A group of young boys paves the way for societal change. K. Jeshi meets the members of Tirupur-based SEEDS
A teary-eyed young girl stares out of a poster. She holds an empty plate. The printed words scream: “Please don’t waste food….wrap it”. This is a food awareness campaign poster put up at a hotel in Tirupur.
R. Mohammed Ali, T. Merwin Wesley, and J. Palaniappan, a team of youngsters have jointly put up 4,000 such posters at hotels and shops in 17 cities, including Tirupur, Salem, Erode, Pollachi, Mettupalayam, Sathyamangalam, Dharmapuri, Tiruchengode, Thiruvarur, Mettur, Kallakurichi and Athoor.
“The results have been overwhelming,” says Mohammed. The students, who are doing their third year engineering at KSR College in Tiruchengode, formed SEEDS (Social Envisages Envoys to Develop Society), a registered society for social service, some months ago.
Wrap and serve
“After seeing the posters, 20 members from these places volunteered to work with us. The poster is a reminder for people not to waste food. Though they pay for a meal in a hotel, people feel shy to pack the uneaten portion. The poster tells them to wrap it and give to poor children on the streets. Hotel owners say it is working,” says Mohammed, SEEDS president.
He says people often tend to forget issues that affect society. “We want to remind them regularly through our activities. For example, electricity conservation. Many still use bulbs that consume more power. By shifting to LED, we could easily save about 2,000 megawatts of electricity in the State. Are they aware?” he asks.
They approached 20 schools in Mettupalayam, Erode and Tirupur, asked students to come up with 15 suggestions to conserve electricity and kick-started the awareness drive. During Deepavali, they went door-to-door and distributed 5,000 pamphlets on how crackers pollute the environment, Nature and every tiny living organism.
SEEDS has over 100 volunteers in 17 cities, mostly students, who take up a cause and create awareness about it in their locality. One representative heads the operations in a city. The second and fourth Saturdays are marked for social work. This is when they brainstorm, and exchange suggestions and feedback before starting any new activity. “We don’t approach the Government; instead we go to people. They have supported us. Though some people have thrown the pamphlets back on our faces, we take it on our stride.”
“We want to eradicate poverty,” says J. Palaniappan, secretary. “We got the idea to set up SEEDS at a eye pledging drive at a shopping mall in Coimbatore. We inaugurated our group and visited Anbu Illam, an orphanage school in Thirumuruganpoondi, near Tirupur, and donated notebooks worth Rs. 5,000. People spend so much on movie tickets and entertainment. We talk to school students on how the money can be used to buy food for the poor.”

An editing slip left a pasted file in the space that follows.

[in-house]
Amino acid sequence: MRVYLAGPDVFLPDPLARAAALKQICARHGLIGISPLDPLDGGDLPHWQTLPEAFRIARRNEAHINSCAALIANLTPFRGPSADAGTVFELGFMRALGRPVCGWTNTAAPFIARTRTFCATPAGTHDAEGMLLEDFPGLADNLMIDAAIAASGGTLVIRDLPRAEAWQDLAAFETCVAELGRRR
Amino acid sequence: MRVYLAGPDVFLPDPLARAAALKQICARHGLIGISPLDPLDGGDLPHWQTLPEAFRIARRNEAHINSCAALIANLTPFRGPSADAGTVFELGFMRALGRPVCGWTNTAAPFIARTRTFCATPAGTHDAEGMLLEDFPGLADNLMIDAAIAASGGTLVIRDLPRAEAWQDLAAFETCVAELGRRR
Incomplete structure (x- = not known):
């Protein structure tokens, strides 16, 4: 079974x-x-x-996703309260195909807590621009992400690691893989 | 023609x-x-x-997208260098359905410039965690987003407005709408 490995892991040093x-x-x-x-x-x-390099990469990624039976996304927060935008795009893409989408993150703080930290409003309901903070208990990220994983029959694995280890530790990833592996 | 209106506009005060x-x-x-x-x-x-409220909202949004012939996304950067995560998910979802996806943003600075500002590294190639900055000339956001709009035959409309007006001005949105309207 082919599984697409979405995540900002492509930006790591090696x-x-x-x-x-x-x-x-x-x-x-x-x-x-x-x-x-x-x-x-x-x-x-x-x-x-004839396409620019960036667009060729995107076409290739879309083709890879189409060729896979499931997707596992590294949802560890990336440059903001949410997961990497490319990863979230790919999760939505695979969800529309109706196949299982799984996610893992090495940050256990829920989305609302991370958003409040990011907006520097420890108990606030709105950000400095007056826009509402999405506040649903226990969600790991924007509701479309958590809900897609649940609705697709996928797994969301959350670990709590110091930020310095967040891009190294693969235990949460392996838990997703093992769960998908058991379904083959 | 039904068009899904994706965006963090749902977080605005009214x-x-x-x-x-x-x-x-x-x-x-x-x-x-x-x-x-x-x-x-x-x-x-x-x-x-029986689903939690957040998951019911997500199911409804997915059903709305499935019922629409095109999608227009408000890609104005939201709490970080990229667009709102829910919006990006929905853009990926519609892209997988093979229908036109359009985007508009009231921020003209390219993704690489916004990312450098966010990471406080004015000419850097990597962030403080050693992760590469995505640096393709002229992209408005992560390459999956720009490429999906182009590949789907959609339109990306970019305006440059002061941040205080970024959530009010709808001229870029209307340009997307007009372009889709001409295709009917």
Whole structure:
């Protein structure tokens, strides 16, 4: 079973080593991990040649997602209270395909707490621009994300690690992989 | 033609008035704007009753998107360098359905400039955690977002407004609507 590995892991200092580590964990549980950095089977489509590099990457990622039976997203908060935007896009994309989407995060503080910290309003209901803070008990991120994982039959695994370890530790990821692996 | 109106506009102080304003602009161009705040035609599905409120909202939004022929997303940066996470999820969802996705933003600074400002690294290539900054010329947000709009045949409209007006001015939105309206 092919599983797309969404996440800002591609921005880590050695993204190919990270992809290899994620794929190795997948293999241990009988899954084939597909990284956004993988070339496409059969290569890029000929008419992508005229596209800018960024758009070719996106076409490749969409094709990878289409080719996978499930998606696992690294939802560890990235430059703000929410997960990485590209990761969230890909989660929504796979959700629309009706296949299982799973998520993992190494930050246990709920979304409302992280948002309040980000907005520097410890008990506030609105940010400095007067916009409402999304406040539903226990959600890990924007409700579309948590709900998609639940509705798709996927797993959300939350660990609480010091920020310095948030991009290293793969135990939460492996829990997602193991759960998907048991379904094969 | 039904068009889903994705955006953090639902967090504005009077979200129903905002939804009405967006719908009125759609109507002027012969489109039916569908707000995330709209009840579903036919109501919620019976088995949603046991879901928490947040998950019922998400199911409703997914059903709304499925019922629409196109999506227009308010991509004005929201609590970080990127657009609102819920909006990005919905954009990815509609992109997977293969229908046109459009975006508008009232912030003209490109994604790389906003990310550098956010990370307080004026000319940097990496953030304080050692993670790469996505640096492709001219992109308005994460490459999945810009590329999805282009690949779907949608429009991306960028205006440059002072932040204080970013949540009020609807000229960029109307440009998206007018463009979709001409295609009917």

The youngsters also counsel students, especially those in Classes XI and XII about setting goals and achieving them. “Our education is marks-driven. We tell the students to approach education differently. They stay in touch and seek regular guidance,” says Mohammed.
Palaniappan says that though students in Government schools are a talented lot, they don’t get the same opportunities as those studying in private schools. “We want to bridge the gap and help them showcase their abilities.”
SEEDS’ objective is to reach out to the underprivileged. In Tamil Nadu alone, there are 1.8 core people who live below the poverty line. No one seems to be bothered about the poor or the elderly. We want to keep reminding society about them, the members say.
All their pocket money goes into a corpus and they plan to adopt four children and sponsor their education. “I used to spend my pocket money on mobile recharge and snacks. Now, I save it to buy gifts for school children as we conduct a number of competitions for school students,” says Palaniappan.
Merwin Wesley, SEEDS vice-president, is from Pollachi. His objective is to motivate students to look beyond marks. “They focus on engineering and medical entrance exams. We tell them about creative courses in the arts stream and also share the details about scholarships available for higher studies.”
Another topic that has caught their attention is the ruthless cutting of trees in the name of development. There are plans to do something to increase the green cover. Other activities they have lined up include blood donation camps (thrice a year), bringing down the number of old age homes, and sponsoring education for the underprivileged.
“We also talk to students on topics such as how to get over stage fear and what it takes to be a leader. It makes us happy when they smile,” says Merwin.
Visit www.seedssocial.webs.com or e-mail firstname.lastname@example.org.